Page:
Borders and Color
Color and shading play an important role in the images presented by each series of postcards. Again, these differences might speak to some ideological changes present between the two time periods. Overall, the color scheme of the postcards from 1904 are muted and somewhat subdued. While the attire of individuals might occasionally stand out, the images sit well together and artificial seems to blend together well with natural. In the 1933 Chicago cards, though, color is used in a more vibrant way, with buildings rendered in colors that stand out from the surrounding natural features, perhaps again emphasizing the different viewpoints regarding nature and culture. Even the shading differs in the Chicago cards, where colors are often used as flat shades with less texturing or blending, perhaps speaking to a more technical mindset.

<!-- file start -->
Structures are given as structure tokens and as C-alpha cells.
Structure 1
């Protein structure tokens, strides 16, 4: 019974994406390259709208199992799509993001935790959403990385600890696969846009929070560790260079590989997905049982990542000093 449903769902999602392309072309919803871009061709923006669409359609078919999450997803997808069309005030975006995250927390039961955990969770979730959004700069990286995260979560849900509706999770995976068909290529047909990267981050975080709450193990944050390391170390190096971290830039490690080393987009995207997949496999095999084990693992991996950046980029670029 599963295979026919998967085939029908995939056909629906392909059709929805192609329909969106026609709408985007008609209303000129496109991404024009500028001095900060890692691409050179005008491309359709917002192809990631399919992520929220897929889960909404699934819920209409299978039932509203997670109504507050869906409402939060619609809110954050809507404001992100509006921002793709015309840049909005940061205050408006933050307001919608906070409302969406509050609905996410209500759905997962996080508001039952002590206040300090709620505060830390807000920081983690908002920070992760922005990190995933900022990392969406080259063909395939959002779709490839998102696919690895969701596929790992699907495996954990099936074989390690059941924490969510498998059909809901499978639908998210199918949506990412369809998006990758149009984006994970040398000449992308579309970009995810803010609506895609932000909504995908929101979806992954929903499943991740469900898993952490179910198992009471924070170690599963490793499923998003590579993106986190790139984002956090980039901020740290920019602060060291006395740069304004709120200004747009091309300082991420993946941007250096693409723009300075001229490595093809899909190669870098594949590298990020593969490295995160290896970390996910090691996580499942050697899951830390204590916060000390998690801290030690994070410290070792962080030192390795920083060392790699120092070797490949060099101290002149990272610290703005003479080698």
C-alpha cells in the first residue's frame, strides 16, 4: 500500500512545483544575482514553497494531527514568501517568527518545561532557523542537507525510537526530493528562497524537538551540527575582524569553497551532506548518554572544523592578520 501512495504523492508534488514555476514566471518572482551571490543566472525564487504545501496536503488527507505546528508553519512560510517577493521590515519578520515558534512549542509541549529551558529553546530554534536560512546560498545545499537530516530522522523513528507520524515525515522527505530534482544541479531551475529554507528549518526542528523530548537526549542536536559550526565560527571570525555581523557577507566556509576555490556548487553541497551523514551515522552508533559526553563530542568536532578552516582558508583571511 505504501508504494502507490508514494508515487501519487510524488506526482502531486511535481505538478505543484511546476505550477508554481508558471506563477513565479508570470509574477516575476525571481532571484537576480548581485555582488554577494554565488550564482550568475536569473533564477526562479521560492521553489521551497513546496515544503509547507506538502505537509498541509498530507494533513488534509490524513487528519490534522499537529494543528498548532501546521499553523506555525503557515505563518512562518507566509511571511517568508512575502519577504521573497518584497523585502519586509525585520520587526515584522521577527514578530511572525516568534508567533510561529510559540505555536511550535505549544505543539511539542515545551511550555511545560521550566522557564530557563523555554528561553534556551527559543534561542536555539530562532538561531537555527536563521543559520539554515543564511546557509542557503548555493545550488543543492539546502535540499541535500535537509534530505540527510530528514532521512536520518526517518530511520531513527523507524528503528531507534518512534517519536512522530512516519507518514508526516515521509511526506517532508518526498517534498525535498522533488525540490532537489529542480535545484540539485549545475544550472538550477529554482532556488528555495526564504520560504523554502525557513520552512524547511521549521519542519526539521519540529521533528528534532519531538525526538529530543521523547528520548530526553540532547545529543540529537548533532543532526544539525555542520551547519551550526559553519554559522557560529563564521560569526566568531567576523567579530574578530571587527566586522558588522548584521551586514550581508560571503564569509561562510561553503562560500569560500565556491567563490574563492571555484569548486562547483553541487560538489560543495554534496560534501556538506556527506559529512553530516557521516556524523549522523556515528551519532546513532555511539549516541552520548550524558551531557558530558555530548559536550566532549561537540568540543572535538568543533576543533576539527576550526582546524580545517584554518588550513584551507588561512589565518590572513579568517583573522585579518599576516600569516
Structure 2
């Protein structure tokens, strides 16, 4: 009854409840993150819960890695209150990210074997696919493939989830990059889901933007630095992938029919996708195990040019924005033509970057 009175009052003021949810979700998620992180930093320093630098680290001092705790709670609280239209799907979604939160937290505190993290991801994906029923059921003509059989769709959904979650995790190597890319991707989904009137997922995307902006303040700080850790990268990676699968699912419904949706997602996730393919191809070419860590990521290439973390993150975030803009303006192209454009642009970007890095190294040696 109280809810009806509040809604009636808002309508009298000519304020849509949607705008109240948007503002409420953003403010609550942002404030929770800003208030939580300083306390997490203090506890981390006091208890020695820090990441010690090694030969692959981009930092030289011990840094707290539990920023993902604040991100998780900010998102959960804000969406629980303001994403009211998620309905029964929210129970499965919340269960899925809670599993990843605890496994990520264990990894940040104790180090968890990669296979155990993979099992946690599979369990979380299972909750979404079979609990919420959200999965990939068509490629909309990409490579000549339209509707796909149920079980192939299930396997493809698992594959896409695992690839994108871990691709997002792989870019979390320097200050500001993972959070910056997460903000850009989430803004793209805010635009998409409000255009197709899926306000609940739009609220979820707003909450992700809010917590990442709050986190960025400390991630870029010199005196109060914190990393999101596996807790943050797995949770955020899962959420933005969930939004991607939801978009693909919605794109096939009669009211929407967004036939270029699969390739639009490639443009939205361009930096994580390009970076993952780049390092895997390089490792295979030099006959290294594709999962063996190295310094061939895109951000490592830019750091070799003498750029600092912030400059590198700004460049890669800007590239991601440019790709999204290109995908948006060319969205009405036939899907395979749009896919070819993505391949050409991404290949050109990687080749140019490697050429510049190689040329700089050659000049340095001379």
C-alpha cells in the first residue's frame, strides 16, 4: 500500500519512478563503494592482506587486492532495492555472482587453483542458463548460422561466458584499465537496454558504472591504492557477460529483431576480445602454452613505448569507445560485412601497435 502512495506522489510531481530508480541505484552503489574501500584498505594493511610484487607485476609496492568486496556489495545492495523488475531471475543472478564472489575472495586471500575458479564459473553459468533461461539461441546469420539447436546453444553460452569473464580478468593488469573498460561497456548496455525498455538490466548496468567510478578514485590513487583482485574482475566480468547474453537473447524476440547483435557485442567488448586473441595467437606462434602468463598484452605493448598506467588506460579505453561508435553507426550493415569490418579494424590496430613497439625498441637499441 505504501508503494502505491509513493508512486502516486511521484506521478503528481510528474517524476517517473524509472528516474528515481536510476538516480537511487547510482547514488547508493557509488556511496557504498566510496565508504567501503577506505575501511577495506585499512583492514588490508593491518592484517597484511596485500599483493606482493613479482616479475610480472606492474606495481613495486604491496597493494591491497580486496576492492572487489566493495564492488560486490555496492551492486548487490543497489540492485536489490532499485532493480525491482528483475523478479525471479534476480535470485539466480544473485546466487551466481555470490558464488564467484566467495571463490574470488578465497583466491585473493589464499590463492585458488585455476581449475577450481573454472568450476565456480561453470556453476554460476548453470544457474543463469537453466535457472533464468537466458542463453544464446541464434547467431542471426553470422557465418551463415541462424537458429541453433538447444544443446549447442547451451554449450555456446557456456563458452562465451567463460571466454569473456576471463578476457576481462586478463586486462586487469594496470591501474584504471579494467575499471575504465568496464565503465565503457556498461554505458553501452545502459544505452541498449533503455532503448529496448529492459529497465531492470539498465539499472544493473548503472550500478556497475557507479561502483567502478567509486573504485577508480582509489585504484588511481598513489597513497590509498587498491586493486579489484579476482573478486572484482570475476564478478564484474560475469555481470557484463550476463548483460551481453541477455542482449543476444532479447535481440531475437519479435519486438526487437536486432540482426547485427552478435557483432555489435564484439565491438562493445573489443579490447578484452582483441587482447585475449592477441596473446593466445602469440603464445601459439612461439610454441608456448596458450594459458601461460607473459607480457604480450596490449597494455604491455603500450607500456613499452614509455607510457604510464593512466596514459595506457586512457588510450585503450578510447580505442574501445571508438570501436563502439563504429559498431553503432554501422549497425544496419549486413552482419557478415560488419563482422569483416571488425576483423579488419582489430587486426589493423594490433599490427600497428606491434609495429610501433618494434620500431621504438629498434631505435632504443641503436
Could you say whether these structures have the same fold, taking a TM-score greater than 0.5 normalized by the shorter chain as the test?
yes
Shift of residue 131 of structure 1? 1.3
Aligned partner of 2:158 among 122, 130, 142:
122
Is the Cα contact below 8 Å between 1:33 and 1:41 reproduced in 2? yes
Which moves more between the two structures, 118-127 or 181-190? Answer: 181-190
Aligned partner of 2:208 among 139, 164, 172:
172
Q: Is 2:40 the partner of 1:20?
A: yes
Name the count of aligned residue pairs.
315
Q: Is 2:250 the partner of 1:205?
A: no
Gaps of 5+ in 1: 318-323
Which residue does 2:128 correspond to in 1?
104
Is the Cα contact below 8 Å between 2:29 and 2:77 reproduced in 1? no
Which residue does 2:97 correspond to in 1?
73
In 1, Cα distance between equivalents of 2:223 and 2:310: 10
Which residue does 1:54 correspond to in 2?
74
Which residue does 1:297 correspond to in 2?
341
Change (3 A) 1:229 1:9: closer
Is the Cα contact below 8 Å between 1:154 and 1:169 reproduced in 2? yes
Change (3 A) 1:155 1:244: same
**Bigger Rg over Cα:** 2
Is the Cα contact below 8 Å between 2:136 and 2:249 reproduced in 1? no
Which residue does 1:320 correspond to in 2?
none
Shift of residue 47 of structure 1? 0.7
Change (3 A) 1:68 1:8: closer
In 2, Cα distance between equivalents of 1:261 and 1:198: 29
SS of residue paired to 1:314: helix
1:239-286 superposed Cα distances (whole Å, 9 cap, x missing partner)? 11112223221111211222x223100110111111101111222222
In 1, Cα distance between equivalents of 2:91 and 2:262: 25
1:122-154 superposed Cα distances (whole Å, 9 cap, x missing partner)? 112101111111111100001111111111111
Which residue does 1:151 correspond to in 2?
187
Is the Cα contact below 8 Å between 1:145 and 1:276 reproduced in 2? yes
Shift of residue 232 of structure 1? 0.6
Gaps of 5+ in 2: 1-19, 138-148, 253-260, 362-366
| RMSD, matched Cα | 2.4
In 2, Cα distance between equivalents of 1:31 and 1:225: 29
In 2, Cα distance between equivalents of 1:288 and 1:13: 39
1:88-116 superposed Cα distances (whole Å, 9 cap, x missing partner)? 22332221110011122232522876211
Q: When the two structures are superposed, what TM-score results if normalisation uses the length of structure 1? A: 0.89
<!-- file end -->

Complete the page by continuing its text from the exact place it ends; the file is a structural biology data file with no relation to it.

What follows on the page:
Even differences in the manner of borders present on some of the St. Louis cards speak to a different mentality. Artistic flourishes and soft borders are characteristic of the 1904 postcards, with scenes fading out gently into the background cardstock. Chicago, alternatively, makes use of white, clean borders that clearly demarcate where an image ends. Because of this, the St. Louis images seem more expansive--designed to capture the feel of a moment rather than every last technical detail.